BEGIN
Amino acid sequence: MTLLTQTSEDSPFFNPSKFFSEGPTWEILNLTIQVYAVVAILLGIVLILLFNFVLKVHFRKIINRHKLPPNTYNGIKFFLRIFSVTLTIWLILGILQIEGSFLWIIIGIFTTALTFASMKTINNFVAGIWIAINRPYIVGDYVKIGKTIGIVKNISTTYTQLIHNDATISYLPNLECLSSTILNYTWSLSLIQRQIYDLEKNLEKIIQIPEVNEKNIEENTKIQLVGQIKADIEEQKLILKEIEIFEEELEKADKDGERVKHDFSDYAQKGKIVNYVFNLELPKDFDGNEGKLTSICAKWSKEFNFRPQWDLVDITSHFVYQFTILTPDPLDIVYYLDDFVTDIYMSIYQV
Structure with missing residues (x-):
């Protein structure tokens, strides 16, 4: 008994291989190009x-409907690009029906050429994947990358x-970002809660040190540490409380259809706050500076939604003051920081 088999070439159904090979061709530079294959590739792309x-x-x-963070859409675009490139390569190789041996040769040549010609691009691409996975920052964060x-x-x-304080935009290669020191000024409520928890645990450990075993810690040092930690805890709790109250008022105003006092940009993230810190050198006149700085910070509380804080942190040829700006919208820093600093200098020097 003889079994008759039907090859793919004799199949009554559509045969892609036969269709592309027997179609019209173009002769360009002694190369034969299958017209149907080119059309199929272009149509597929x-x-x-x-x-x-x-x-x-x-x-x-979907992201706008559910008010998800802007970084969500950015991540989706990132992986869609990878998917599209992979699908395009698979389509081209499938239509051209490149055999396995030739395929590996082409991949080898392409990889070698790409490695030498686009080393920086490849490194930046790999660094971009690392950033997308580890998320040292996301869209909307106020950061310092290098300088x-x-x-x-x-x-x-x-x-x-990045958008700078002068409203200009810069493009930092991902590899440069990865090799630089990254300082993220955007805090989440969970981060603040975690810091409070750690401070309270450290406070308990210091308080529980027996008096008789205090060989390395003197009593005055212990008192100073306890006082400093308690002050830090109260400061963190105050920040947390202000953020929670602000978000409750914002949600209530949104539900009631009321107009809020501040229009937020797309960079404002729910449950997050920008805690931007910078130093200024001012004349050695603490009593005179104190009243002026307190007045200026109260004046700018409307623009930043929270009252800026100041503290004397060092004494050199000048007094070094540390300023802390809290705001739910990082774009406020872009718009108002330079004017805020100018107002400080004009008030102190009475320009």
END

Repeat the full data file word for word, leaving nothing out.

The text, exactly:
Amino acid sequence: MTLLTQTSEDSPFFNPSKFFSEGPTWEILNLTIQVYAVVAILLGIVLILLFNFVLKVHFRKIINRHKLPPNTYNGIKFFLRIFSVTLTIWLILGILQIEGSFLWIIIGIFTTALTFASMKTINNFVAGIWIAINRPYIVGDYVKIGKTIGIVKNISTTYTQLIHNDATISYLPNLECLSSTILNYTWSLSLIQRQIYDLEKNLEKIIQIPEVNEKNIEENTKIQLVGQIKADIEEQKLILKEIEIFEEELEKADKDGERVKHDFSDYAQKGKIVNYVFNLELPKDFDGNEGKLTSICAKWSKEFNFRPQWDLVDITSHFVYQFTILTPDPLDIVYYLDDFVTDIYMSIYQV
Structure with missing residues (x-):
């Protein structure tokens, strides 16, 4: 008994291989190009x-409907690009029906050429994947990358x-970002809660040190540490409380259809706050500076939604003051920081 088999070439159904090979061709530079294959590739792309x-x-x-963070859409675009490139390569190789041996040769040549010609691009691409996975920052964060x-x-x-304080935009290669020191000024409520928890645990450990075993810690040092930690805890709790109250008022105003006092940009993230810190050198006149700085910070509380804080942190040829700006919208820093600093200098020097 003889079994008759039907090859793919004799199949009554559509045969892609036969269709592309027997179609019209173009002769360009002694190369034969299958017209149907080119059309199929272009149509597929x-x-x-x-x-x-x-x-x-x-x-x-979907992201706008559910008010998800802007970084969500950015991540989706990132992986869609990878998917599209992979699908395009698979389509081209499938239509051209490149055999396995030739395929590996082409991949080898392409990889070698790409490695030498686009080393920086490849490194930046790999660094971009690392950033997308580890998320040292996301869209909307106020950061310092290098300088x-x-x-x-x-x-x-x-x-x-990045958008700078002068409203200009810069493009930092991902590899440069990865090799630089990254300082993220955007805090989440969970981060603040975690810091409070750690401070309270450290406070308990210091308080529980027996008096008789205090060989390395003197009593005055212990008192100073306890006082400093308690002050830090109260400061963190105050920040947390202000953020929670602000978000409750914002949600209530949104539900009631009321107009809020501040229009937020797309960079404002729910449950997050920008805690931007910078130093200024001012004349050695603490009593005179104190009243002026307190007045200026109260004046700018409307623009930043929270009252800026100041503290004397060092004494050199000048007094070094540390300023802390809290705001739910990082774009406020872009718009108002330079004017805020100018107002400080004009008030102190009475320009």